Defendant's motion to strike plaintiff's request for a jury trial under the Human Rights Law therefore is denied. Defendant's motion to strike plaintiff's demand for a jury trial and for compensatory and punitive damages under Title VII, and to strike plaintiff's request for punitive damages under the Human Rights Law, is granted pursuant to Fed. R. Civ. P. 12(f).
Plaintiff claims that defendant's alleged discriminatory firing caused her to have an abortion and to separate from her 'husband. (Complt. PP 13-14) In support of these allegations, plaintiff offers her alleged explanation to her husband for going ahead with her abortion: "I was expecting. I did not have a job. I had two children. I've always taken care of myself. And I didn't know how soon I could find employment. And I felt that . . . [because of] my expecting, no one was going to hire me." (Zipkin Aff. Exh. 2 at 104)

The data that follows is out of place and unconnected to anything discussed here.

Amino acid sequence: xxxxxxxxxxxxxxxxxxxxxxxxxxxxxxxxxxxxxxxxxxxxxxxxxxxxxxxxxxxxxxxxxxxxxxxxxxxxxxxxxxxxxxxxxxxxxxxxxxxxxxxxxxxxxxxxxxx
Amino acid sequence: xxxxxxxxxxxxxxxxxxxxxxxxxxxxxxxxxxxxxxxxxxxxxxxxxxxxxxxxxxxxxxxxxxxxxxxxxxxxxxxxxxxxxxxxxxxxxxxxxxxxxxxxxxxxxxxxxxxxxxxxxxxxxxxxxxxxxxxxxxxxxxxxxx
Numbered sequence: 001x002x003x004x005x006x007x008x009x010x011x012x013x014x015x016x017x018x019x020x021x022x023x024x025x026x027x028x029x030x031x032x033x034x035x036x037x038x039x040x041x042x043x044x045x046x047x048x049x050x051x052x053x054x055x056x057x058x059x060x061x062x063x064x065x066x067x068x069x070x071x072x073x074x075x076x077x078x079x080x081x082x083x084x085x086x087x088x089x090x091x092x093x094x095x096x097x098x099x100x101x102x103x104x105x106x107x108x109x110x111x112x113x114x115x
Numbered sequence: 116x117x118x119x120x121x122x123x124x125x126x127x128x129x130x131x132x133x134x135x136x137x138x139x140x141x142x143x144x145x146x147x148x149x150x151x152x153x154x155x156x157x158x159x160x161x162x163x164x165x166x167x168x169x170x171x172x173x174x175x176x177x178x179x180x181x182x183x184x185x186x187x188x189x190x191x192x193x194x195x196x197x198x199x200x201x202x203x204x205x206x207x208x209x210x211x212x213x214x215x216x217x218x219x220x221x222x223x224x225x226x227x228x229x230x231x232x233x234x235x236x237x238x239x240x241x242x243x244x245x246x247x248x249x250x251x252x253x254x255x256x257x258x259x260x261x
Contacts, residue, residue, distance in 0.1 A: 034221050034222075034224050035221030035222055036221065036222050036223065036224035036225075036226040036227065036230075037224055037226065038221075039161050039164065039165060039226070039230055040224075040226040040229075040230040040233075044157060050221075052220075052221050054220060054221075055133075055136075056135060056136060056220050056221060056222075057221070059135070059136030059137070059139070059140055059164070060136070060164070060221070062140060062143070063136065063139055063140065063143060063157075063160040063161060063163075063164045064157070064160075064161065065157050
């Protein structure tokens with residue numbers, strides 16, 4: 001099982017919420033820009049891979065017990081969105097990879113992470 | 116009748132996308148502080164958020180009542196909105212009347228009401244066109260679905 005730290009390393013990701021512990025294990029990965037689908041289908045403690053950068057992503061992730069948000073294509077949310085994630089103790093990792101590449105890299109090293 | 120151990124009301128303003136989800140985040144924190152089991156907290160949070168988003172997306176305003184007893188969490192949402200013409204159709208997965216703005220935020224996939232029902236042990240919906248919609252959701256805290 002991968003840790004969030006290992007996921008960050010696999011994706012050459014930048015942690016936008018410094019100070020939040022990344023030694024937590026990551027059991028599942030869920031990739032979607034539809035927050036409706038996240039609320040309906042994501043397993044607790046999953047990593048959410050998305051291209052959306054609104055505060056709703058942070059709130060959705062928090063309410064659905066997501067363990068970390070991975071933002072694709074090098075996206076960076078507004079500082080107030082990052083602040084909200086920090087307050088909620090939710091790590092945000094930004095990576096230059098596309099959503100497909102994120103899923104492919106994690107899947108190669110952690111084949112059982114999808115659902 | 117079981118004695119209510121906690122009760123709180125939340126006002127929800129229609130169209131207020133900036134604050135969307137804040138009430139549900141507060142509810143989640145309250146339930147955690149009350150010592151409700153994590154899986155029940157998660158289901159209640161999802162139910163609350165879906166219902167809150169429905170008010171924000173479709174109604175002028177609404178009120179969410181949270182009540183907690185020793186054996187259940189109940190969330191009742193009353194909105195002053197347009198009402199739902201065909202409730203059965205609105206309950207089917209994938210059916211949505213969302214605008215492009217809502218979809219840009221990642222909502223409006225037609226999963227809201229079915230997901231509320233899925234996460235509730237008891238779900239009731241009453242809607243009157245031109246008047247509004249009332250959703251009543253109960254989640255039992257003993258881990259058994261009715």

For plaintiff to overcome defendant's summary judgment motion, she must show that it is reasonable to hold defendant liable for "causing" plaintiff to have an abortion and to separate from her husband. Although the "concept of proximate cause . . . is an elusive one, incapable of being precisely defined to cover all situations," Derdiarian v. Felix Contracting Corp., 51 N.Y.2d 308, 314, 434 N.Y.S.2d 166, 169, 414 N.E.2d 666 (1980), it is a concept that nonetheless must have some limits. In describing the "orbit of duty" in the venerable case of Palsgraf v. Long Is. R.R. Co., 248 N.Y. 339, 345, 162 N.E. 99 (1928), Chief Judge Cardozo wrote "the range of reasonable apprehension is at times a question for the court, and at times, if varying inferences are possible, a question for the jury." The same is true for issues of proximate cause and foreseeability. Ventricelli v. Kinney System Rent A Car, Inc., 45 N.Y.2d 950, 952, 411 N.Y.S.2d 555, 555, 383 N.E.2d 1149 (1978). Proximate cause can be established if "it was reasonably foreseeable that the consequences complained of would follow from the allegedly wrongful act." Stanford v. Kuwait Airways Corp., 1992 U.S. Dist. LEXIS 15210 at *13, No. 85- Civ.0477, 1992 WL 295978, ...